A Gowk If Ever There Was One - Susan Mansfield
Nancy Brysson Morrison is best known for her 1933 novel The Gowk Storm, though, in fact, she is little known these days even for that. Despite an active writing career spanning over 40 years in which she kept up an industrious output of novels, non-fiction books, stories and journalism, and despite being well respected and well reviewed, she has almost completely vanished from the history of Scottish letters. Mary Seenan’s detailed survey makes the case for her rescue from obscurity.
However, anyone undertaking a literary biography of Morrison faces significant challenges. She may have been something of a hoarder of documentation relating to her literary work, but she has left behind very little personal material. Despite coming from a family of scribblers – four out of her five siblings were published writers – there seem to be very few letters. She never married, had no children and guarded her privacy fiercely. Even when she gave interviews, she seems to have given little away.
So beyond the hard facts which can be established, the dates, places and publications, there is only supposition: ‘She would have found…’, ‘She may have read…’. And, of course, there is the work. It is a dangerous business making guesses about a writer’s life based on their imaginative work, and Seenan is rightly cautious. However, it seems logical to conclude that the prevalence of preoccupied, irritable fathers in her novels may suggest an element of personal experience.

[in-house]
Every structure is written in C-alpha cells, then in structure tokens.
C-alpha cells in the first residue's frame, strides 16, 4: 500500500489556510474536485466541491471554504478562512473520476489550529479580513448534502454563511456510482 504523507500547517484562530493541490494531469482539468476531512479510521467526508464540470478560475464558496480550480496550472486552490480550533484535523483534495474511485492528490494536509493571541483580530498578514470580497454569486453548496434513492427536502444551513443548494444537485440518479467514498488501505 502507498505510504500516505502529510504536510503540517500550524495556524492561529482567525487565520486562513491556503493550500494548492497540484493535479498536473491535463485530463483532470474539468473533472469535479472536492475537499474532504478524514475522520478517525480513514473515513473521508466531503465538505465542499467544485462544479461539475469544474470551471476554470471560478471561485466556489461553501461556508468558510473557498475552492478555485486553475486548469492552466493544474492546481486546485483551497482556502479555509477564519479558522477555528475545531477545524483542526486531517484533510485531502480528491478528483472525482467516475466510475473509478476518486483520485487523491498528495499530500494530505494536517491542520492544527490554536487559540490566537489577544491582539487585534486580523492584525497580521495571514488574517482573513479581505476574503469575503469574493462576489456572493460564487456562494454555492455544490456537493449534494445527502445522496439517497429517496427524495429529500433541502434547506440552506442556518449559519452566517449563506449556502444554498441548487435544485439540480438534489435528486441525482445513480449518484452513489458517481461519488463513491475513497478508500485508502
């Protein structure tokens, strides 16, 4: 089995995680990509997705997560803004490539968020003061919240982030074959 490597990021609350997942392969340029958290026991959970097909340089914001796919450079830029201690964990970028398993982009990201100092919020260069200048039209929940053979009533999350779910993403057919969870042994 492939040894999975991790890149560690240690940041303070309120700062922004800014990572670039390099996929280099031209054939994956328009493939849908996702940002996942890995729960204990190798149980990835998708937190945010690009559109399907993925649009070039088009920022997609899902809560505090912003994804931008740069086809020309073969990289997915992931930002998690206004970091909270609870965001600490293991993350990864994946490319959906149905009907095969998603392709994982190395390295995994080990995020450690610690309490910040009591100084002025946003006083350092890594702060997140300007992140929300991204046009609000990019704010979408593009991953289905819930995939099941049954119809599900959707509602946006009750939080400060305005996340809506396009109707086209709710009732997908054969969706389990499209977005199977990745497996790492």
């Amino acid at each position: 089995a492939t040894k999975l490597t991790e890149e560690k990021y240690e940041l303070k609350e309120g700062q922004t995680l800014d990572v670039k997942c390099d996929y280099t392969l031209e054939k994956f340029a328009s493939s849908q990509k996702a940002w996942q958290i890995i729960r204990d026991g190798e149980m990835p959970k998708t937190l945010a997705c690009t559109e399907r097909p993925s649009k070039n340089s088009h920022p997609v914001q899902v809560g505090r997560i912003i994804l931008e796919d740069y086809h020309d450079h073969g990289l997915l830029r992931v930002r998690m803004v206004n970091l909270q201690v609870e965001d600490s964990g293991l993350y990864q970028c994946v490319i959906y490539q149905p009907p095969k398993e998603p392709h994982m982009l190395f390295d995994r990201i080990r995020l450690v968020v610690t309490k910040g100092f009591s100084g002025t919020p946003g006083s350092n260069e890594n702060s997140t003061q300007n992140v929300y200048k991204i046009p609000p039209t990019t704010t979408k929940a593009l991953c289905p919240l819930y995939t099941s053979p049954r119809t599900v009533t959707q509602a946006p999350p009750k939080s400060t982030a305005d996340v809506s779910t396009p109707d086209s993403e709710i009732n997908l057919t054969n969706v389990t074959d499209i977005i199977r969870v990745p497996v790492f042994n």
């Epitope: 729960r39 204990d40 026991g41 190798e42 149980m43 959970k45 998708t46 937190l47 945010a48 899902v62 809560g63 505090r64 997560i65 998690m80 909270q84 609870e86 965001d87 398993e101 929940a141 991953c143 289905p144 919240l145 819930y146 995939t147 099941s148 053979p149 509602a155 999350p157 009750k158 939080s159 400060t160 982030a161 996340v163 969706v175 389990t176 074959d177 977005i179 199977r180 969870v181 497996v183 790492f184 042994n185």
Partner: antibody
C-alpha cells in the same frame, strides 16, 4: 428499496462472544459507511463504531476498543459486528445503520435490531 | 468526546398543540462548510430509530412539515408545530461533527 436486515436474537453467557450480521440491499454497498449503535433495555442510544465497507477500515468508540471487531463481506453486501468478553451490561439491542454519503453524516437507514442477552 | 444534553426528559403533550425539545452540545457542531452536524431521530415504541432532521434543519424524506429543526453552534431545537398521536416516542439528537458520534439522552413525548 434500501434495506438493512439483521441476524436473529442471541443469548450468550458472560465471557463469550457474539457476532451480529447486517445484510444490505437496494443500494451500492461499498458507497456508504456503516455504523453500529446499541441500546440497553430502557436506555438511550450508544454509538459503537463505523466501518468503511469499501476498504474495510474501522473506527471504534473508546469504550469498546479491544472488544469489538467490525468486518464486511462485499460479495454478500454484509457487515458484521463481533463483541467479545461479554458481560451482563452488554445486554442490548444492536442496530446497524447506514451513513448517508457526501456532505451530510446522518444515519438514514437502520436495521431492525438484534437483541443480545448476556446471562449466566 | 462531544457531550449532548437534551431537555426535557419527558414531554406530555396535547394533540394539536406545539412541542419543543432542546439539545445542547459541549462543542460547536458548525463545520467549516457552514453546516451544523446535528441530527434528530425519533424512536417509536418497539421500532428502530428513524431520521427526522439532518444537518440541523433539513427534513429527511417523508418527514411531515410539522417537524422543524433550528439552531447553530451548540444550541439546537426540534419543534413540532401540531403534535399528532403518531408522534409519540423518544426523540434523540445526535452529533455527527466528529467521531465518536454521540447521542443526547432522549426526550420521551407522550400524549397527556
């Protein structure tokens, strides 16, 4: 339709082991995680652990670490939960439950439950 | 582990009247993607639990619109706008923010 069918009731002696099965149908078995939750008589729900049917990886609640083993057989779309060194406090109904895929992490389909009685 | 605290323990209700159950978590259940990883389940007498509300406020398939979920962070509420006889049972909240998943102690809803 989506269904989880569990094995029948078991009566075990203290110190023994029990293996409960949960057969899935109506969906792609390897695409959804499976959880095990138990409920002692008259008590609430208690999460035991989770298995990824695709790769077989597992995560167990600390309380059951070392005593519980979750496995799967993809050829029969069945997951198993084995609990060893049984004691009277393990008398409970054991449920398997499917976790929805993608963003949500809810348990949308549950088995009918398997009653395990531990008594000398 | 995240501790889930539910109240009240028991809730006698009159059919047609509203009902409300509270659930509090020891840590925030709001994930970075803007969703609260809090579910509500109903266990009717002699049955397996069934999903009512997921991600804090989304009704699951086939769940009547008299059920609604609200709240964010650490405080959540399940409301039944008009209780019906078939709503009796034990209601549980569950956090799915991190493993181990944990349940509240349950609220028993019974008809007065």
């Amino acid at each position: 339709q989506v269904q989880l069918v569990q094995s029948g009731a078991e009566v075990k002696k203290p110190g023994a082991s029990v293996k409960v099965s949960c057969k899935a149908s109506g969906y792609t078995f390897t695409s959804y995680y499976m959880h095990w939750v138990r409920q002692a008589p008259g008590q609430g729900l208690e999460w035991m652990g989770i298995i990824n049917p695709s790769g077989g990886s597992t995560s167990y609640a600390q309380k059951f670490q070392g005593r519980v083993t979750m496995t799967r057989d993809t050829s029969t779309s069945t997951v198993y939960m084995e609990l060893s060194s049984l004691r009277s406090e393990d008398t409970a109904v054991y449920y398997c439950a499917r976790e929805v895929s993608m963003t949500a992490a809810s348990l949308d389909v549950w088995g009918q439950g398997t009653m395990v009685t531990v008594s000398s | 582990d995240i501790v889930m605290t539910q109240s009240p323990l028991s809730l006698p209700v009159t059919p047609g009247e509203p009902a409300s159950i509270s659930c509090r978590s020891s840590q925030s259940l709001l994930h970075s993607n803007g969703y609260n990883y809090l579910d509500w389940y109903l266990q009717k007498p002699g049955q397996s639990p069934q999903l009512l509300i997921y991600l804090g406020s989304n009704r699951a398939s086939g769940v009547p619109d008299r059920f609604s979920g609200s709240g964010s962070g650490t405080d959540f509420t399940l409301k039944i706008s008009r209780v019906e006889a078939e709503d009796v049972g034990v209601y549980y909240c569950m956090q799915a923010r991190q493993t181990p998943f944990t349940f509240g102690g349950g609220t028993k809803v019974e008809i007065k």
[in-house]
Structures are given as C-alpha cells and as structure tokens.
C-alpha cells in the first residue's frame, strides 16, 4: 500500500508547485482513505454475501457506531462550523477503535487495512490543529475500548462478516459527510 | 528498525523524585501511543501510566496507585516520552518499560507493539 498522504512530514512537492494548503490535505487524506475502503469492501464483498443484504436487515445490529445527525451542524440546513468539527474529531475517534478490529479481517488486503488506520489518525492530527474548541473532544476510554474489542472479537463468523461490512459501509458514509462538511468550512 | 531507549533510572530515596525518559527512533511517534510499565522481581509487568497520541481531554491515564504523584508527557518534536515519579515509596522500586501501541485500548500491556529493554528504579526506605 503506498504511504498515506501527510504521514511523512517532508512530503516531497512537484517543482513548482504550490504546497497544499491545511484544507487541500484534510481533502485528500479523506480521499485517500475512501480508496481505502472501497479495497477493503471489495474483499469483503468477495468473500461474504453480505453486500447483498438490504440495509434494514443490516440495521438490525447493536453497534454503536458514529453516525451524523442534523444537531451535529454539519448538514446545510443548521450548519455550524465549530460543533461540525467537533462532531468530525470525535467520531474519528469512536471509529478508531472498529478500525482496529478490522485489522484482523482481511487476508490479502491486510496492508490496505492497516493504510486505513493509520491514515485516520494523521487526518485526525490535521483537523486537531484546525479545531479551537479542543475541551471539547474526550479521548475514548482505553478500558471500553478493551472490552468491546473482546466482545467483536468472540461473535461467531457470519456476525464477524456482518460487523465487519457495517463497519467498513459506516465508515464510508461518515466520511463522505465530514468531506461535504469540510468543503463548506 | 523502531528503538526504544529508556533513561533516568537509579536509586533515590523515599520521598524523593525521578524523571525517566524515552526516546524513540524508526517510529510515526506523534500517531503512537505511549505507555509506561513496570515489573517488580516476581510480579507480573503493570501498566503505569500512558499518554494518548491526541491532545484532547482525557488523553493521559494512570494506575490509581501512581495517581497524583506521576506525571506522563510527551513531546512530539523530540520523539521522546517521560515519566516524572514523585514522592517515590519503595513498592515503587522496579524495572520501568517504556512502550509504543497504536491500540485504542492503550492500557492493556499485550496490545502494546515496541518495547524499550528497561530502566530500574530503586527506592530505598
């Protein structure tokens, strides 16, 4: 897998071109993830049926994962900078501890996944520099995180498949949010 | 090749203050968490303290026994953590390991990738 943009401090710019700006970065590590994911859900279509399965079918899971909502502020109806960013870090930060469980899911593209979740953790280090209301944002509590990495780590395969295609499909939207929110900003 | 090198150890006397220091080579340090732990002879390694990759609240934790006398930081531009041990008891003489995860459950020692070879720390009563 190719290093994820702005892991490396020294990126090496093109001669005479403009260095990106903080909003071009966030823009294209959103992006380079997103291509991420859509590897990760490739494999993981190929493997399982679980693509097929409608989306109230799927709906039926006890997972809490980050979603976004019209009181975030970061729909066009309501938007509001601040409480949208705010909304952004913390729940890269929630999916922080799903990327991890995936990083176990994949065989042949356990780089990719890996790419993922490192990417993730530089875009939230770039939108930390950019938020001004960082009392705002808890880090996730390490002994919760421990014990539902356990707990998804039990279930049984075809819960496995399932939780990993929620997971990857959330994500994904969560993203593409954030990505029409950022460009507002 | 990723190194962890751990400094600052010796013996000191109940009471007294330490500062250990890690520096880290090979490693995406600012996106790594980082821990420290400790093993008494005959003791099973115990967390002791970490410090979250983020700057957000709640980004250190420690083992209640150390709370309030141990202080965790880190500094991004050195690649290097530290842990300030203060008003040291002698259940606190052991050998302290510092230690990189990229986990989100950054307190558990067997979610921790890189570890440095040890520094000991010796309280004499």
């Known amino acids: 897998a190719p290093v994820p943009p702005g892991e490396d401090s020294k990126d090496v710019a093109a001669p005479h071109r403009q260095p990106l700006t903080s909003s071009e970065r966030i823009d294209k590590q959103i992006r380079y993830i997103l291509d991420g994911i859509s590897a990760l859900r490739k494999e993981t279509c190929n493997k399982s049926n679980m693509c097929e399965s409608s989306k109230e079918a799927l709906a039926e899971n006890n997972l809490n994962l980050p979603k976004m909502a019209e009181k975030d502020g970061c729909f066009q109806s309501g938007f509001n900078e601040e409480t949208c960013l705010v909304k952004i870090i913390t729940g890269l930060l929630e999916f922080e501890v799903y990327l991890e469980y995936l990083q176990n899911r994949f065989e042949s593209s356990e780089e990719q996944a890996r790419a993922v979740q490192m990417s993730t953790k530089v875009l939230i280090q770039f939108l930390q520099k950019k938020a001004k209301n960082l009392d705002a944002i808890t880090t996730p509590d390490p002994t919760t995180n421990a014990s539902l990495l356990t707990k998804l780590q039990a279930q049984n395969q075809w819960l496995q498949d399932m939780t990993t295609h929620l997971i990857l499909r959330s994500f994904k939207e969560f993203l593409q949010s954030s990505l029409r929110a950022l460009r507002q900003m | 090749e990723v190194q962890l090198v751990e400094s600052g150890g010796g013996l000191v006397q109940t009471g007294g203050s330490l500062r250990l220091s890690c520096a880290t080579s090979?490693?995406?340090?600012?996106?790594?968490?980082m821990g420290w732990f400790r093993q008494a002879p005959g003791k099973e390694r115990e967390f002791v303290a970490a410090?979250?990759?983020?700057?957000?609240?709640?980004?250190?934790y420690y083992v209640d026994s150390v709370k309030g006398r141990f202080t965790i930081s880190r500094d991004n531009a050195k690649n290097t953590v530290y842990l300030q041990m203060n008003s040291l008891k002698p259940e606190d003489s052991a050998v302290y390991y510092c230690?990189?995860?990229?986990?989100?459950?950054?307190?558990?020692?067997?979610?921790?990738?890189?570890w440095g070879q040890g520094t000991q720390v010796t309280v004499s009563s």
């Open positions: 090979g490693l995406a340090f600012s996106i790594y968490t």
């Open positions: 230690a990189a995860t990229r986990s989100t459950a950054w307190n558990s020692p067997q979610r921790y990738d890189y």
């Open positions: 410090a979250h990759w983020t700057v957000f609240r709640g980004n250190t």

Nancy Brysson Morrison (christened Agnes, but always published as N. Brysson Morrison) was born on Christmas Eve 1903, to a middle-class family in Glasgow, the fifth of six children. Three of her siblings, John, Tom and Peggy (who wrote as ‘March Cost’) published novels. They were known as ‘the writing Morrisons’ and reviewers compared them to the Brontës, but no explanation of such literary genetics survives, save an offhand remark by Peggy who once said: ‘Perhaps it was because our father could sharpen pencils so beautifully.’
Morrison’s first novel, Breakers, was published by John Murray in 1930 when she was 26, and tells the story of the illegitimate grandson of a minister whose life unfolds against the backdrop of the Highland Clearances. The Gowk Storm, her third novel, is also historical, set in the mid 19th century, and tells the story of three daughters of the manse and their (mostly tragic) attempts to find happiness in love. Her writing was frequently acclaimed for its poetic qualities, and in the course of her career she garnered praise from L. P. Hartley, Stevie Smith and Kingsley Amis.
Signature themes emerge throughout her work: history, family, religion, marriage and the position of women in society, attitudes towards marginalised groups. The Strangers is about an Italian Roman Catholic brother and sister who become innkeepers on a remote Scottish island. The Winnowing Years tells 300 years of history through one Scottish parish. The Hidden Fairing revisits the life of the Catholic dominie in The Gowk Storm, and was praised as a remarkable portrait of childhood. As well as some ten literary novels, she wrote religious books and biographies – of the Brontës, Thomas and Jane Carlyle, Mary, Queen of Scots and the Tudor monarchs.